A League of Their Own

The Great Bambino once said, “Never let the fear of striking out get in your way.” When female softball players claimed they were being ignored by the sports industry, sports company Louisville Slugger stepped up to the plate and used social to hit their “Beautifully Powerful” campaign right out of the park.

In alignment with the sport’s absence in the 2012 summer Olympic Games and the launch of its new Xeno bat, Louisville Slugger launched the multi-year “Beautifully Powerful” campaign this past June to market to female athletes in the “under-appreciated” and “under-targeted” fastpitch softball realm, says Kyle Schlegel, Louisville Slugger’s VP of Marketing.

“Female athletes didn’t feel like they were being spoken to as a female athlete,” Schlegel says. “They felt like the messaging, the product, [and] a lot of the things in the industry were basically created for men, and then a little pink was drawn on and it was called female. They just really didn’t feel like it was about them.”

In addition to spreading word about the campaign and the Xeno bat, Schlegel says Louisville Slugger’s “long-term-pie-in-the-sky goal” is to reinstate softball as an Olympic sport. The campaign also aimed to paint a holistic picture of female players and to depict them as role models, as well as stellar athletes. Olympic gold and silver medalist Jessica Mendoza was selected to serve as the brand’s prime ambassador.

“The idea was to appreciate the female athlete for all that she is—not just being a softball player,” Schlegel says. “That’s why we really like Jessica Mendoza as the face of this campaign, because she’s the best hitter in the world, but she’s also a great mother, she’s a wife, she’s a media personality, she’s a teammate. We felt like Beautifully Powerful summed all of that up in one sentence.”

Louisville Slugger teamed up with Dallas-based creative agency MeplusYou to launch a multichannel campaign composed of digital, print, and social. The company’s general Facebook page now has more than 230,000 fans and the brand’s fastpitch Facebook page has more than 60,000, 97% of whom falls within the campaign’s target audience of 15- to 24-year-old female athletes. Schlegel says that Louisville Slugger developed the second Facebook page as a way to provide more targeted messaging.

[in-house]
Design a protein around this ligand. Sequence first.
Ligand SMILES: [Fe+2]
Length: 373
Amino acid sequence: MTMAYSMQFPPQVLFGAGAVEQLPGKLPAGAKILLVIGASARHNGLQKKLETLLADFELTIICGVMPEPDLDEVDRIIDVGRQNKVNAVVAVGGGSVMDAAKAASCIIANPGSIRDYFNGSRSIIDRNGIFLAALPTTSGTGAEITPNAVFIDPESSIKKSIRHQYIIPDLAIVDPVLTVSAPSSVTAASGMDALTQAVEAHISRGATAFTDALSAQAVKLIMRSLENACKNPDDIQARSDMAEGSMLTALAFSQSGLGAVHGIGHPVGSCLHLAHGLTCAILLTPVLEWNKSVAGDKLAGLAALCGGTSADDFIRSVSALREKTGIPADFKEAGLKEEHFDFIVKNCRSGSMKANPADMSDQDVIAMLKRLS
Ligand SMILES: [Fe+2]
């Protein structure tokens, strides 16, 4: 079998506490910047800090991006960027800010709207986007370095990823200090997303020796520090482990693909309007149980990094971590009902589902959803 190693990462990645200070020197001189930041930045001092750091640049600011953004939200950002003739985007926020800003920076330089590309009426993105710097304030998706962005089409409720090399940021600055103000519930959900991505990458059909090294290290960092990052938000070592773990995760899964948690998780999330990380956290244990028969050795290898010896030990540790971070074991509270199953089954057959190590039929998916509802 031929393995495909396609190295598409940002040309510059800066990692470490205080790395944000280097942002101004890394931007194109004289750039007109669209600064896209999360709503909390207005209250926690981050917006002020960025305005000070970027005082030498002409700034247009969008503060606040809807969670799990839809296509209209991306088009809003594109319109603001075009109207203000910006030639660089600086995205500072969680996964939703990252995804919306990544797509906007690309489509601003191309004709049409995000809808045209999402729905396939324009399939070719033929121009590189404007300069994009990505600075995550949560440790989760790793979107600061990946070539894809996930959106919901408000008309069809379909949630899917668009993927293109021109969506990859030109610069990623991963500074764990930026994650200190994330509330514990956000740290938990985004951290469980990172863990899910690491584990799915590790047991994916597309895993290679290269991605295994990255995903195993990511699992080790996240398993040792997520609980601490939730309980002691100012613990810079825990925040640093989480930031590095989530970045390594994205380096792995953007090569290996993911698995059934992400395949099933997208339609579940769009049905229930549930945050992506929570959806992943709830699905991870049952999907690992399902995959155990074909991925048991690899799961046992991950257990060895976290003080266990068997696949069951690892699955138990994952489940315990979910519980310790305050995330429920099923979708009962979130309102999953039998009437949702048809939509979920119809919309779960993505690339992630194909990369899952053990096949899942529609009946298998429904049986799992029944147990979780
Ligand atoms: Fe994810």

Louisville Slugger’s fastpitch Twitter account has more than 1,700 followers, and the brand created its first Pinterest page, which Schlegel says helped the brand pinpoint which colors and tonality its customers prefer.

In addition to being cost-effective, Schlegel says that social has allowed the brand to communicate more openly with its consumers. “That’s where our fans are really having conversations today, so we wanted to go where they were. It allowed us to have a full dialogue with the players,” Schlegel says. “We ask them a lot of questions—not just about products, but we post questions about what ‘beautifully powerful’ means to them. That’s not a dialogue that you can have any other place, so social became a big vehicle for that.”

While the campaign primarily targets female athletes, Schlegel acknowledges that the campaign’s social channels, such as its Facebook pages, have also attracted quite a few male followers.

“A lot of them are coaches, fathers, [or] siblings who are taking an interest in the sport as well. We really think the campaign can help break down some stereotypes or barriers that those outside the sport can have about it.”

Given that the campaign is a multi-year campaign, Schlegel says that Louisville Slugger aims to focus more on the brand influencers’ lives outside of the game for next year. However, he says knowing more about an athlete’s personal life is not an interest both male and female consumers share.

“When Derek Jeter is done on the diamond for the night, the male doesn’t care what he does,” Schlegel says. “What we found with the female athlete [is] these young girls want to know what Jessica is doing all day long. They want to know how she trains off the field, what it’s like to be a mother, what it’s like to be a daughter, what it’s like to be a wife, [or] a teammate.”

Schlegel attributes the campaign’s ability to relate to multiple products and audiences as one of the key reasons for its multiyear lifespan. “It’s for all ages for sure,” Schlegel says. “We feel like there’s a message that works for a 12-year-old every bit as much as it works for a 25- to 30-year-old and beyond.”

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